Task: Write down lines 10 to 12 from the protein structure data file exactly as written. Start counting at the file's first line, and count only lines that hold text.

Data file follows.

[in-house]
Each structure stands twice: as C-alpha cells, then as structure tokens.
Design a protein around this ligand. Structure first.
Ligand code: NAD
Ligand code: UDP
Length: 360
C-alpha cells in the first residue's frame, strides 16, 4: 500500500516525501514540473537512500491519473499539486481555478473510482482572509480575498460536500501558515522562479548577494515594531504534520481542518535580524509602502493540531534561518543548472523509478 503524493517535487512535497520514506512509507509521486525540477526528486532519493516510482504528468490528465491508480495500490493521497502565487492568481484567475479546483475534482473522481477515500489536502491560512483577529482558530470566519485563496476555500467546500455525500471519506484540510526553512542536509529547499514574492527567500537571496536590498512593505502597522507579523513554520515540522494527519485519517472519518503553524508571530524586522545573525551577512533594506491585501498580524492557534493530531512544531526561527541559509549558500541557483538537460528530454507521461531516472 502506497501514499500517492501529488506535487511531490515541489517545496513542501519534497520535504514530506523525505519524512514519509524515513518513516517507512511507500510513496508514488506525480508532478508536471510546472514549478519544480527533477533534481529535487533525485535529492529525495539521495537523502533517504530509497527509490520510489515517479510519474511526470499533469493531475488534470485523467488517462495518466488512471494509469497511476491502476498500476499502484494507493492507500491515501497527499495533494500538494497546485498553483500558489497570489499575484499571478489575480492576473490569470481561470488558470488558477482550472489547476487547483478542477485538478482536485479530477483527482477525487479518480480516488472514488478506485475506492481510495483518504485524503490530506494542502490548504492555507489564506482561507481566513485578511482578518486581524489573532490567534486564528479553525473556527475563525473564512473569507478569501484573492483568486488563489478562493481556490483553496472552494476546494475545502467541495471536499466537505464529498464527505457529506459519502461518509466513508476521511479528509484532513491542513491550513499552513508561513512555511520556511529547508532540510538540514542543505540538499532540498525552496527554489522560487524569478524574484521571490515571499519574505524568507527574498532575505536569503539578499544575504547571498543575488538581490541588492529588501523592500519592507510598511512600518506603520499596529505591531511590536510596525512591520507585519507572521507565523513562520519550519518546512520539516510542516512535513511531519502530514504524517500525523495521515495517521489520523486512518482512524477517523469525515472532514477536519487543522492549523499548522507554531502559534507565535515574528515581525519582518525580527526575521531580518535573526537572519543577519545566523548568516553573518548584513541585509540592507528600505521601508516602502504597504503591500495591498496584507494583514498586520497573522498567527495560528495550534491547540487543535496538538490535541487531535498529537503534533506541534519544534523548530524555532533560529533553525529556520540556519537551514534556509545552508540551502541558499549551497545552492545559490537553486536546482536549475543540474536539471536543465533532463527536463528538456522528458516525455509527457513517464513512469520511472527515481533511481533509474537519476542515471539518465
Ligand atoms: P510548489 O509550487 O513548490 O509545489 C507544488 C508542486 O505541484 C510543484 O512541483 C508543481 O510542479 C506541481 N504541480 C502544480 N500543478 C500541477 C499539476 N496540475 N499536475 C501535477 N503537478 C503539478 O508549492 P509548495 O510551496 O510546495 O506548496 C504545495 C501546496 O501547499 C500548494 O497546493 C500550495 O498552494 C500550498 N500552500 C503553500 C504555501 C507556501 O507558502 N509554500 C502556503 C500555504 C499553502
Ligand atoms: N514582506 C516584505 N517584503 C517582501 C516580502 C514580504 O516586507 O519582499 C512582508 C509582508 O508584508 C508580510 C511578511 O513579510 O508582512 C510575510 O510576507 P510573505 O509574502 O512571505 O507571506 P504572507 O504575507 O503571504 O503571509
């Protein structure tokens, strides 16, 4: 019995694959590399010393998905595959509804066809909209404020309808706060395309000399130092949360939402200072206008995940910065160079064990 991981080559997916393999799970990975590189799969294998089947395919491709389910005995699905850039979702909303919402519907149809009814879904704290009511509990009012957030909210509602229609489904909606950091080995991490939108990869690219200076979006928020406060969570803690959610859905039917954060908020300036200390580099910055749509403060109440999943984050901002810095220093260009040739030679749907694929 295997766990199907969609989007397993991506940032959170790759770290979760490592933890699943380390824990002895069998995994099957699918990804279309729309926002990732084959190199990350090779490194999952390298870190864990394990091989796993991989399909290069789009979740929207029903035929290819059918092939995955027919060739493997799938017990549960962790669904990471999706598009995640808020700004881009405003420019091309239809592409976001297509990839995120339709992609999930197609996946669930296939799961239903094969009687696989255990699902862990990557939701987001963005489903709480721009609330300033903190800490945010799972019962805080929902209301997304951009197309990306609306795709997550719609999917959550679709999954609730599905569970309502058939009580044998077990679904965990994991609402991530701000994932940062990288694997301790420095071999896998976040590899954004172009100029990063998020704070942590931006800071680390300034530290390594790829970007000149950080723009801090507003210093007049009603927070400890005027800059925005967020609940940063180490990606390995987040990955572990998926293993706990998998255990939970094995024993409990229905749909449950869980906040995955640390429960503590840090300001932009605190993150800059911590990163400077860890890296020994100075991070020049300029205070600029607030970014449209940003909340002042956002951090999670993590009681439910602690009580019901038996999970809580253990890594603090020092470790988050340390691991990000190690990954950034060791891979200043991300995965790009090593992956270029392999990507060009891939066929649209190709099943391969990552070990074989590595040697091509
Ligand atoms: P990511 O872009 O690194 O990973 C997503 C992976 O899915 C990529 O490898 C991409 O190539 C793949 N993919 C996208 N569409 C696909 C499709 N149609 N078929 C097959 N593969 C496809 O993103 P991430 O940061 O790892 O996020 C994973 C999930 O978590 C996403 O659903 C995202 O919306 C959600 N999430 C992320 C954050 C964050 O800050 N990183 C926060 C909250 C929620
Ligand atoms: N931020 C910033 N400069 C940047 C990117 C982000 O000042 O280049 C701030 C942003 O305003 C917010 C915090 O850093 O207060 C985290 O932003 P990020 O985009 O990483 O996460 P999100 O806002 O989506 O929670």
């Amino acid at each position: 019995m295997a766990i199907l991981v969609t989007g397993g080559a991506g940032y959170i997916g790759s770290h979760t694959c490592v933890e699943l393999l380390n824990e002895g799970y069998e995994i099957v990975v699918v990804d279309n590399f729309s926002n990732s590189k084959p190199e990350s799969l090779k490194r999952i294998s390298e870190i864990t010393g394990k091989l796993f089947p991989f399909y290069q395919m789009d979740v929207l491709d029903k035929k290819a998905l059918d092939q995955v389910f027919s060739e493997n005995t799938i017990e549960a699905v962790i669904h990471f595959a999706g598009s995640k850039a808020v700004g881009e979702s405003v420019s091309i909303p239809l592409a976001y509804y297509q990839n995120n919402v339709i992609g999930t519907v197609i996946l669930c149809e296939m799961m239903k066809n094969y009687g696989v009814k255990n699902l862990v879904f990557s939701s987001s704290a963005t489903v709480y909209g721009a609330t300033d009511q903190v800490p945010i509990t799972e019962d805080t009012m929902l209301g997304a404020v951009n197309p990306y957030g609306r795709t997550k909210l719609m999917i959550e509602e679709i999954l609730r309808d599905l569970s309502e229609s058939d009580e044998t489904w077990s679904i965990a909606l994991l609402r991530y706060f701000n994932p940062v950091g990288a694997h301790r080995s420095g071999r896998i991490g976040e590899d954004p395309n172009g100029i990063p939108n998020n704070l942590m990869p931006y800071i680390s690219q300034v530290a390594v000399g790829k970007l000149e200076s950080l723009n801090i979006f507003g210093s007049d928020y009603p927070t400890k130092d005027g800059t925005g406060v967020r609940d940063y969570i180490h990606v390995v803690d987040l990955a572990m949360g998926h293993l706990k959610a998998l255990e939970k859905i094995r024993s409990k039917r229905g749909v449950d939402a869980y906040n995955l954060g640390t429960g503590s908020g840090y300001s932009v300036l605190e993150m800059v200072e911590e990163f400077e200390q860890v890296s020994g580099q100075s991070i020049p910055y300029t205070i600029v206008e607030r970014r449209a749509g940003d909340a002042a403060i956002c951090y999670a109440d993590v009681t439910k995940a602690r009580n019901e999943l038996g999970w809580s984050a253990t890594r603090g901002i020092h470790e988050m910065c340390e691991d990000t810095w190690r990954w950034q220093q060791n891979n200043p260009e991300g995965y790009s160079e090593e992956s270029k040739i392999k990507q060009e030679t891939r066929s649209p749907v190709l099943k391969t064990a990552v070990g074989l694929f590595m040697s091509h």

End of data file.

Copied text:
């Protein structure tokens, strides 16, 4: 019995694959590399010393998905595959509804066809909209404020309808706060395309000399130092949360939402200072206008995940910065160079064990 991981080559997916393999799970990975590189799969294998089947395919491709389910005995699905850039979702909303919402519907149809009814879904704290009511509990009012957030909210509602229609489904909606950091080995991490939108990869690219200076979006928020406060969570803690959610859905039917954060908020300036200390580099910055749509403060109440999943984050901002810095220093260009040739030679749907694929 295997766990199907969609989007397993991506940032959170790759770290979760490592933890699943380390824990002895069998995994099957699918990804279309729309926002990732084959190199990350090779490194999952390298870190864990394990091989796993991989399909290069789009979740929207029903035929290819059918092939995955027919060739493997799938017990549960962790669904990471999706598009995640808020700004881009405003420019091309239809592409976001297509990839995120339709992609999930197609996946669930296939799961239903094969009687696989255990699902862990990557939701987001963005489903709480721009609330300033903190800490945010799972019962805080929902209301997304951009197309990306609306795709997550719609999917959550679709999954609730599905569970309502058939009580044998077990679904965990994991609402991530701000994932940062990288694997301790420095071999896998976040590899954004172009100029990063998020704070942590931006800071680390300034530290390594790829970007000149950080723009801090507003210093007049009603927070400890005027800059925005967020609940940063180490990606390995987040990955572990998926293993706990998998255990939970094995024993409990229905749909449950869980906040995955640390429960503590840090300001932009605190993150800059911590990163400077860890890296020994100075991070020049300029205070600029607030970014449209940003909340002042956002951090999670993590009681439910602690009580019901038996999970809580253990890594603090020092470790988050340390691991990000190690990954950034060791891979200043991300995965790009090593992956270029392999990507060009891939066929649209190709099943391969990552070990074989590595040697091509
Ligand atoms: P990511 O872009 O690194 O990973 C997503 C992976 O899915 C990529 O490898 C991409 O190539 C793949 N993919 C996208 N569409 C696909 C499709 N149609 N078929 C097959 N593969 C496809 O993103 P991430 O940061 O790892 O996020 C994973 C999930 O978590 C996403 O659903 C995202 O919306 C959600 N999430 C992320 C954050 C964050 O800050 N990183 C926060 C909250 C929620
Ligand atoms: N931020 C910033 N400069 C940047 C990117 C982000 O000042 O280049 C701030 C942003 O305003 C917010 C915090 O850093 O207060 C985290 O932003 P990020 O985009 O990483 O996460 P999100 O806002 O989506 O929670």